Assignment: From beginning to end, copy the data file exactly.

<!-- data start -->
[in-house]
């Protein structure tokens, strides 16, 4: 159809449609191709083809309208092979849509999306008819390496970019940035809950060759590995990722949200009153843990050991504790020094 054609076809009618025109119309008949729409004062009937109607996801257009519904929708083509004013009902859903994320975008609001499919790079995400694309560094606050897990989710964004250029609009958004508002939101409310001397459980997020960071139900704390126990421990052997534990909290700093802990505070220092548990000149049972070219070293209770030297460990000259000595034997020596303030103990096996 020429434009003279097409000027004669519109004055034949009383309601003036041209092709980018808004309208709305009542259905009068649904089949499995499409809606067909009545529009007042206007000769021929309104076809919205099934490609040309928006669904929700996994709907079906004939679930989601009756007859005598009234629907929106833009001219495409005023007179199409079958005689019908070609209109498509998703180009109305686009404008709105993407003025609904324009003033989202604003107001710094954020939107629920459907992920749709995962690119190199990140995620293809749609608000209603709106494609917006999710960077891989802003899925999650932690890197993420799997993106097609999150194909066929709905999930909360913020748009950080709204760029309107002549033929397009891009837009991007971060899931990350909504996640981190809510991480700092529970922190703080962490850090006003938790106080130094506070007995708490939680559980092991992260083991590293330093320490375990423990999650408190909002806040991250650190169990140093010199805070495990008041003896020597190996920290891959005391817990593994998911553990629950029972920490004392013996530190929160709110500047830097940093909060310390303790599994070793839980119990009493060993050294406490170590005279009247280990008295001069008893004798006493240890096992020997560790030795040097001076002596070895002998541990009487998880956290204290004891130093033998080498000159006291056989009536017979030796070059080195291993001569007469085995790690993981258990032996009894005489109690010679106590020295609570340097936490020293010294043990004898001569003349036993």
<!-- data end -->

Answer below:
[in-house]
């Protein structure tokens, strides 16, 4: 159809449609191709083809309208092979849509999306008819390496970019940035809950060759590995990722949200009153843990050991504790020094 054609076809009618025109119309008949729409004062009937109607996801257009519904929708083509004013009902859903994320975008609001499919790079995400694309560094606050897990989710964004250029609009958004508002939101409310001397459980997020960071139900704390126990421990052997534990909290700093802990505070220092548990000149049972070219070293209770030297460990000259000595034997020596303030103990096996 020429434009003279097409000027004669519109004055034949009383309601003036041209092709980018808004309208709305009542259905009068649904089949499995499409809606067909009545529009007042206007000769021929309104076809919205099934490609040309928006669904929700996994709907079906004939679930989601009756007859005598009234629907929106833009001219495409005023007179199409079958005689019908070609209109498509998703180009109305686009404008709105993407003025609904324009003033989202604003107001710094954020939107629920459907992920749709995962690119190199990140995620293809749609608000209603709106494609917006999710960077891989802003899925999650932690890197993420799997993106097609999150194909066929709905999930909360913020748009950080709204760029309107002549033929397009891009837009991007971060899931990350909504996640981190809510991480700092529970922190703080962490850090006003938790106080130094506070007995708490939680559980092991992260083991590293330093320490375990423990999650408190909002806040991250650190169990140093010199805070495990008041003896020597190996920290891959005391817990593994998911553990629950029972920490004392013996530190929160709110500047830097940093909060310390303790599994070793839980119990009493060993050294406490170590005279009247280990008295001069008893004798006493240890096992020997560790030795040097001076002596070895002998541990009487998880956290204290004891130093033998080498000159006291056989009536017979030796070059080195291993001569007469085995790690993981258990032996009894005489109690010679106590020295609570340097936490020293010294043990004898001569003349036993």